Corporate Close-Up: As Unclaimed Property Report Due Dates Creep Closer, California and Other States Issue Guidance to Make Filing Less Frightening


For most people, the end of October means Halloween is quickly approaching. For unclaimed property holders, it serves as a reminder that a different, but sometimes equally scary, date is approaching – the due date for filing annual unclaimed property reports.

Each year, unclaimed property holders are required to file an annual report identifying property that has been unclaimed for the required dormancy period and to remit the property to the state. In the majority of states, this annual report is due November 1st  for all unclaimed property holders other than life insurance companies.

 As the filing date creeps closer, several states have published new or revised guidance for property holders. In the last month, Kentucky and Connecticut both updated the instructions for their 2014 holder reports, Wisconsin revised its Unclaimed Property Holder Report Guide, Montana issued a press release reminding taxpayers about the upcoming deadline and California published its Fall 2014 Unclaimed Property Program newsletter highlighting important news and useful information in order assist holders with their California reporting requirements.

The California newsletter reminds unclaimed property holders that the annual holder notice report should include a complete listing of currently reportable unclaimed property but should not include the remittance of the properties. It also suggests that holders verify the following items in order to ensure their report is approved and to avoid potential interest assessments:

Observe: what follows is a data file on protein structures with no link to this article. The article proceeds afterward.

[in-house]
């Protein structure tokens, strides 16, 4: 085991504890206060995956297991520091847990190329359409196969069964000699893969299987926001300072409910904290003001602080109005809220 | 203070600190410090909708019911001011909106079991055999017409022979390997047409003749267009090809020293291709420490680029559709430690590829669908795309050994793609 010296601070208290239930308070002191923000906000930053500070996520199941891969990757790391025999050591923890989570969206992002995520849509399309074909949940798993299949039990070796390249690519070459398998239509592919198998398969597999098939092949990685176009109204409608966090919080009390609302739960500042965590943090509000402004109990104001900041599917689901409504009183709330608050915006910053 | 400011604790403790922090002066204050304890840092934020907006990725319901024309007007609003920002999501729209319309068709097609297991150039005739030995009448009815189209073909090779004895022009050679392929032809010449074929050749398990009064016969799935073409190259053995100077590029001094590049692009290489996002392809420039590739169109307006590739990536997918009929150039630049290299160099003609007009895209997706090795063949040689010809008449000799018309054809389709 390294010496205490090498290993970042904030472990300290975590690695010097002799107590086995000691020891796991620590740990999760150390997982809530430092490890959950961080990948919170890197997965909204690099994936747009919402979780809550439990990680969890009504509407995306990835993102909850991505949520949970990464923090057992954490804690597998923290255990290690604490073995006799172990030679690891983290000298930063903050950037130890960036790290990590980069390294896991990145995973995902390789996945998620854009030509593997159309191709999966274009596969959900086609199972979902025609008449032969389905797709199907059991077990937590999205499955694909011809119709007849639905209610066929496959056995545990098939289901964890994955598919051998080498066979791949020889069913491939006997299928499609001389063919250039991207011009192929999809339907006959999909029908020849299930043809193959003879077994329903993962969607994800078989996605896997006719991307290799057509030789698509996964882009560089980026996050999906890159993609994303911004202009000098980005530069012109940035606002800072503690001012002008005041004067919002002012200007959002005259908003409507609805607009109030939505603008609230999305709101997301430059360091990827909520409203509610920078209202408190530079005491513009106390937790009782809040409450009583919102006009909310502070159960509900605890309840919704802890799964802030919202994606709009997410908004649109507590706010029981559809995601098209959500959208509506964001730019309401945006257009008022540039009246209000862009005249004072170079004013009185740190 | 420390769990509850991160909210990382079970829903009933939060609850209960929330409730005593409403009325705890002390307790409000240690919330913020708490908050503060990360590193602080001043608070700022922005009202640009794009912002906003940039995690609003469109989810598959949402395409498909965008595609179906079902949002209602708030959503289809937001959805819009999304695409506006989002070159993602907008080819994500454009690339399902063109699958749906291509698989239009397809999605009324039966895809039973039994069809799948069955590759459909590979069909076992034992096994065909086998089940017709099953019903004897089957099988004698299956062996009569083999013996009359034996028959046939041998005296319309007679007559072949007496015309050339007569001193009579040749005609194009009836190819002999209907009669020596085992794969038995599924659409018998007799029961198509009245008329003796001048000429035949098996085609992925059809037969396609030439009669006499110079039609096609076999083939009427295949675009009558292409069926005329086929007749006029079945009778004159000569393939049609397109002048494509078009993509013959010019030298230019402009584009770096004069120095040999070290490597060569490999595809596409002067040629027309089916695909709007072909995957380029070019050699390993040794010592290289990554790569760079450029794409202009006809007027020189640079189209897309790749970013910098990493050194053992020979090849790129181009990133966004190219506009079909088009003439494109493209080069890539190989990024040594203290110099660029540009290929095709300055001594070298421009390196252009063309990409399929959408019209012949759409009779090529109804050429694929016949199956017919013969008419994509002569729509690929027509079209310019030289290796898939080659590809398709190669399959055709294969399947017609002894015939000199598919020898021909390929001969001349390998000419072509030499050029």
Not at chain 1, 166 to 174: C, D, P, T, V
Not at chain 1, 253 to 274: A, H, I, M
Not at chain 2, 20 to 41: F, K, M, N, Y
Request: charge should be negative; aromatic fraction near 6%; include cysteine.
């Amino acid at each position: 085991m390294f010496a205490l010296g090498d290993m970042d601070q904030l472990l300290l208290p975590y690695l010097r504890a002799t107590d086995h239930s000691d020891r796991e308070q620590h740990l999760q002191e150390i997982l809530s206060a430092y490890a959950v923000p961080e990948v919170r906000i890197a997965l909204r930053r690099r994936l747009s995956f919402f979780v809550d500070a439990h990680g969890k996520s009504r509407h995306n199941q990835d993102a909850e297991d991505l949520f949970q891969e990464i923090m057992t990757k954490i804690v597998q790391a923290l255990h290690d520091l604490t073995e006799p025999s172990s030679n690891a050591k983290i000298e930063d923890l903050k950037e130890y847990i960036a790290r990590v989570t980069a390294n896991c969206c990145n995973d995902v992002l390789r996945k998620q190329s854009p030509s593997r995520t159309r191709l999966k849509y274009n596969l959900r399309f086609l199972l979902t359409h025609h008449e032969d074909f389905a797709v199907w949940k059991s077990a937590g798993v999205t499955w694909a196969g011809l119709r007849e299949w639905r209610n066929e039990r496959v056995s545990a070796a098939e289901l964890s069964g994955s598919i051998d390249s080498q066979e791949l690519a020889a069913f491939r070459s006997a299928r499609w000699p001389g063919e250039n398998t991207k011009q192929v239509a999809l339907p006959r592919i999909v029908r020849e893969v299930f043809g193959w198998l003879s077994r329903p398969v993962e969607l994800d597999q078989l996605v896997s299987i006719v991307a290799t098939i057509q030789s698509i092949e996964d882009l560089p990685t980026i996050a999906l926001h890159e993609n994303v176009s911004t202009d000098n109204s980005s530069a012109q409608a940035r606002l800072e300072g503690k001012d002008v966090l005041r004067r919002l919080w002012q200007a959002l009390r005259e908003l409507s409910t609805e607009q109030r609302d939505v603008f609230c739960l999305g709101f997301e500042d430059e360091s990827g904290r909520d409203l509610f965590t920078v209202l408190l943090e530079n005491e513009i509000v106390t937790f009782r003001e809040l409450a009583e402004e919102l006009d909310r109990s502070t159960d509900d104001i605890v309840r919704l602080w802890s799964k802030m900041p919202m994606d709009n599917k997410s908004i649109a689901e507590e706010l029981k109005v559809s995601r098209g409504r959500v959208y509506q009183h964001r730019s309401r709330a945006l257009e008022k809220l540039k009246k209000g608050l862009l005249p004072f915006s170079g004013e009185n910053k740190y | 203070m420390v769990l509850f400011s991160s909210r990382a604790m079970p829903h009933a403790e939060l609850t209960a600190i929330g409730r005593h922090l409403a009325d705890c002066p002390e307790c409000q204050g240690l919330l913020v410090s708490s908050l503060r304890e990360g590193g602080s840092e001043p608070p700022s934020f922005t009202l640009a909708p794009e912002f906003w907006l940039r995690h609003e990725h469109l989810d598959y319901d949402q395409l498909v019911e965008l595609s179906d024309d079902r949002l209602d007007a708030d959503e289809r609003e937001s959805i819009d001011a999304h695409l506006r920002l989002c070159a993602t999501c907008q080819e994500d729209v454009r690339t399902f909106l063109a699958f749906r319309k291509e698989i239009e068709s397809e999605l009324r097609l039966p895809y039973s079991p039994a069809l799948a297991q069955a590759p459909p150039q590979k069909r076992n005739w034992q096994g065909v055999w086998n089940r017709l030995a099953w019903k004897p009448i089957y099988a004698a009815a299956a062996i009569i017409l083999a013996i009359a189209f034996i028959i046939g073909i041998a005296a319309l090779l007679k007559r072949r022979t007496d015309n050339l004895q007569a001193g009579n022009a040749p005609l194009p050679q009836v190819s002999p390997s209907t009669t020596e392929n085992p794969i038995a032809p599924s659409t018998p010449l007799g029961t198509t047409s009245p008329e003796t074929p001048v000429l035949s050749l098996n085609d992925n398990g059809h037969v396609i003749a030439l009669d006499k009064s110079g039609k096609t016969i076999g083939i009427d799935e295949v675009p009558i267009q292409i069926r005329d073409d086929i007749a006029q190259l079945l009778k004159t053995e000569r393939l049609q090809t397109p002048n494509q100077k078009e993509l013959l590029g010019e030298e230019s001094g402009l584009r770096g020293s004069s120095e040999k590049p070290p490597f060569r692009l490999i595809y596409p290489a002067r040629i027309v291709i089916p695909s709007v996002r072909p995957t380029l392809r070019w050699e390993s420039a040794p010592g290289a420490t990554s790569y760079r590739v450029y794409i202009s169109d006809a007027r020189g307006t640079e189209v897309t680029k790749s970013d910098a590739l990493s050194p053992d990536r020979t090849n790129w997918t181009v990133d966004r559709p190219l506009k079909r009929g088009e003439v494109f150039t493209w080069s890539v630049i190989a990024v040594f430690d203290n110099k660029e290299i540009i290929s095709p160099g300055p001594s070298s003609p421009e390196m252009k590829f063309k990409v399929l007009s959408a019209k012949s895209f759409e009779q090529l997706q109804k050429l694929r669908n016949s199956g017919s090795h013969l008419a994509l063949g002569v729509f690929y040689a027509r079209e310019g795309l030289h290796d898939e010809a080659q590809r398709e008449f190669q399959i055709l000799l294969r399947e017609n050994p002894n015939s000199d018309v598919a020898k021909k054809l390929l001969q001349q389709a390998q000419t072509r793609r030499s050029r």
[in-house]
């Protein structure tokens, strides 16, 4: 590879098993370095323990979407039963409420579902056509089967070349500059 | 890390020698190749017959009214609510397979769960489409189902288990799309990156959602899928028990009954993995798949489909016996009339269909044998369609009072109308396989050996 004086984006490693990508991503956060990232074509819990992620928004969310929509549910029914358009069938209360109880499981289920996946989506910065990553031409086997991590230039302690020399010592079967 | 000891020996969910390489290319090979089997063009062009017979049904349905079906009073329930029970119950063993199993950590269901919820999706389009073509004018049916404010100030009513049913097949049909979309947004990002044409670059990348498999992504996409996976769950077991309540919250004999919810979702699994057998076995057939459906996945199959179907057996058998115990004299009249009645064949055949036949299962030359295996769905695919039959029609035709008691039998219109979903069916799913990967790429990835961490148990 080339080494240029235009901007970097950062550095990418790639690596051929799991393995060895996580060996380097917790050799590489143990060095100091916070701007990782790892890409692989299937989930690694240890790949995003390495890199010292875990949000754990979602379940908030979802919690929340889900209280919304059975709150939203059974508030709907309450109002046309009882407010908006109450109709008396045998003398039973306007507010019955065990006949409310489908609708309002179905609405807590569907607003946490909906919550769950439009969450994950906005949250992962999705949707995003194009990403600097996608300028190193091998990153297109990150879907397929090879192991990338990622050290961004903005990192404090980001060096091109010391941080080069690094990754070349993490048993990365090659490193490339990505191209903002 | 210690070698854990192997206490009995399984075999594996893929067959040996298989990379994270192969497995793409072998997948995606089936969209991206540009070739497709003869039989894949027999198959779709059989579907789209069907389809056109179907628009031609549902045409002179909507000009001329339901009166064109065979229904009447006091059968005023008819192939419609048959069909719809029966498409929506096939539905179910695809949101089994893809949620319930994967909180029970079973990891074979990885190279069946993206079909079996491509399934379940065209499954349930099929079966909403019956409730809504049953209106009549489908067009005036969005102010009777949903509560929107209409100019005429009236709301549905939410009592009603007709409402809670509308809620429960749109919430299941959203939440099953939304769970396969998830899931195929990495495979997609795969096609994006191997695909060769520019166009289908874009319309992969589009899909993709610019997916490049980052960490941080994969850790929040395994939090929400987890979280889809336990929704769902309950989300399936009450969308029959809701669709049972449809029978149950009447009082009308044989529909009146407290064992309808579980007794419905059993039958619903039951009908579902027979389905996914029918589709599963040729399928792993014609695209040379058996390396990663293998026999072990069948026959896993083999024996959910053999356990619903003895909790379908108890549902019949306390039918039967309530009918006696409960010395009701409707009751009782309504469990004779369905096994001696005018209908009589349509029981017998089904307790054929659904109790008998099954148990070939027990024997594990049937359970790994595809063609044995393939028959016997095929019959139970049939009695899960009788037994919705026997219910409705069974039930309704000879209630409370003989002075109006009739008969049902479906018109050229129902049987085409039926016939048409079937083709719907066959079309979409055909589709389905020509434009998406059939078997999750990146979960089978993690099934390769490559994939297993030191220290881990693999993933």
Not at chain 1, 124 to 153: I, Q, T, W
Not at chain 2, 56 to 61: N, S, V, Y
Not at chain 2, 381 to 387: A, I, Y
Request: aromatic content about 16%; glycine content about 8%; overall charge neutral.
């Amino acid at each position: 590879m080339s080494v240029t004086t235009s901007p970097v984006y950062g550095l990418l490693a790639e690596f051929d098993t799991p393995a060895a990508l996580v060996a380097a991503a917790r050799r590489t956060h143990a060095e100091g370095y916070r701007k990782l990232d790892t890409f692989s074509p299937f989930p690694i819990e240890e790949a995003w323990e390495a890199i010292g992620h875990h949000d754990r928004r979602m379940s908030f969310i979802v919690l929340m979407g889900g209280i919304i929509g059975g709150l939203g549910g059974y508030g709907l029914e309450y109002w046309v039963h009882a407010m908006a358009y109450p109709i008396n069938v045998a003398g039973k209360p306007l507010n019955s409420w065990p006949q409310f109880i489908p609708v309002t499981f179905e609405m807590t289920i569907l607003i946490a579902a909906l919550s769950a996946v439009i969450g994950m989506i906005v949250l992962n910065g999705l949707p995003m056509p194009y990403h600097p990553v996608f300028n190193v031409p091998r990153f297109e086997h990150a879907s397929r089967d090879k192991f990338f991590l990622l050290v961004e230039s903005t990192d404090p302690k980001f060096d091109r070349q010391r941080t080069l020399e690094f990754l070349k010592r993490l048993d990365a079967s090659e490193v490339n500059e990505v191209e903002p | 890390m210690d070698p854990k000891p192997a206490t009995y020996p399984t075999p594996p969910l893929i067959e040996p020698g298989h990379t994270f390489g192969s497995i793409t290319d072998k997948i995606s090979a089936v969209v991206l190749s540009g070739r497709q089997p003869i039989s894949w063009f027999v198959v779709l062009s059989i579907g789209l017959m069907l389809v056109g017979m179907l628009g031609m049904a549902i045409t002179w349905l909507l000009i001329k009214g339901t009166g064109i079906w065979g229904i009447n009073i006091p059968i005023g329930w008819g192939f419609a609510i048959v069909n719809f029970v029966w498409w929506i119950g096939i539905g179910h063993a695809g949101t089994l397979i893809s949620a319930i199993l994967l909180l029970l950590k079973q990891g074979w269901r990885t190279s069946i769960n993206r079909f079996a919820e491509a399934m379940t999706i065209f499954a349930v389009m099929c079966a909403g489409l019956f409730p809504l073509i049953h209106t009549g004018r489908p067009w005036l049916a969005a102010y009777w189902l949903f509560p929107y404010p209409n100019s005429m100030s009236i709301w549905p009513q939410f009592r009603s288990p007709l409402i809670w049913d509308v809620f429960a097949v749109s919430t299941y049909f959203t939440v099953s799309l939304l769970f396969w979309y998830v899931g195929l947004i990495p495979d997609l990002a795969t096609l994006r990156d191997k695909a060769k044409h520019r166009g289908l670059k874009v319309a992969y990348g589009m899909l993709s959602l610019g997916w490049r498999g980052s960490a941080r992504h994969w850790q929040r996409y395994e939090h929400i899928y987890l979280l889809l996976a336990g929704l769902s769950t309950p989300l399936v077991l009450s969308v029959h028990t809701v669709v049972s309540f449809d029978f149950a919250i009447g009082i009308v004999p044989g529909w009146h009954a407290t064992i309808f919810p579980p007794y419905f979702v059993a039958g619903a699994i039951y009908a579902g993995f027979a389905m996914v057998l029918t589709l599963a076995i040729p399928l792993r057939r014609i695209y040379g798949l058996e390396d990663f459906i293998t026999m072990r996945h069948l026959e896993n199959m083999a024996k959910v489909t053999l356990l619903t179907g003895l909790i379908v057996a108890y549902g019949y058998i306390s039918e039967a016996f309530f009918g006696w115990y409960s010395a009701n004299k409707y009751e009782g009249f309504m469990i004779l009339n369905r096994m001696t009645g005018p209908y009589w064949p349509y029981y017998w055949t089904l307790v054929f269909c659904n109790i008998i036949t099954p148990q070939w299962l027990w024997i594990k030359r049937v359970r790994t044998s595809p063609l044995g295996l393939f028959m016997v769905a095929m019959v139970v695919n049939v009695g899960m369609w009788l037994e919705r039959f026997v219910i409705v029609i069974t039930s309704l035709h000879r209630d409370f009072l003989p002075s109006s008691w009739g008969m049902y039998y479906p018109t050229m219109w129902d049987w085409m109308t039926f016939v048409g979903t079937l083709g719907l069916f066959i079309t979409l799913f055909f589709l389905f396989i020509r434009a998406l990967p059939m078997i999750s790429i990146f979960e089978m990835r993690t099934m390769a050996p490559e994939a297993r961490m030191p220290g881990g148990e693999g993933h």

• the complete contact information is provided for the person in the company responsible for completing the report (the “Holder Contact Information”);
  • the complete contact information is provided for the person in the company responsible for handling inquiries from property owners (the “Property Owner Contact Information”);
  • a valid Committee on Uniform Securities Identification Procedures (CUSIP) number is included for each security reported; and
  • an original signature, not a photocopy or a stamp in lieu of a signature, is on the report.

 According to the newsletter, reports missing the holder contact information, a valid CUSIP number or an original signature will be rejected. If the property owner contact information is missing, the report will not be rejected and the holder contact information will be printed on due diligent notices sent to the property owners instead.

California’s newsletter also includes a detailed discussion of when and how interest relating to the holder notice report is assessed. As part of this discussion, it highlights the frightening fact that interest may be assessed against delinquent property on the holder notice report even if the property was returned to the rightful owner after the holder notice report was submitted and before the holder remit report and remittances are timely submitted to the California State Controller's office.

Unclaimed property holders in a minority of states can sleep easy on October 31st, knowing they have at least a little bit of extra time before their annual report is due. A listing of these states, other than New York, and their filing deadlines can be found in the chart below. New York unclaimed property reports are due October 10 for utilities, November 10 for banks and June 1 for travelers checks and money orders.

State

Annual Unclaimed Property Report
Due Date

Connecticut March 31
Delaware March 1
Florida May 1
Michigan July 1
Pennsylvania April 15
Tennessee May 1
Texas July 1
Vermont May 1

 

By Lauren E. Colandreo

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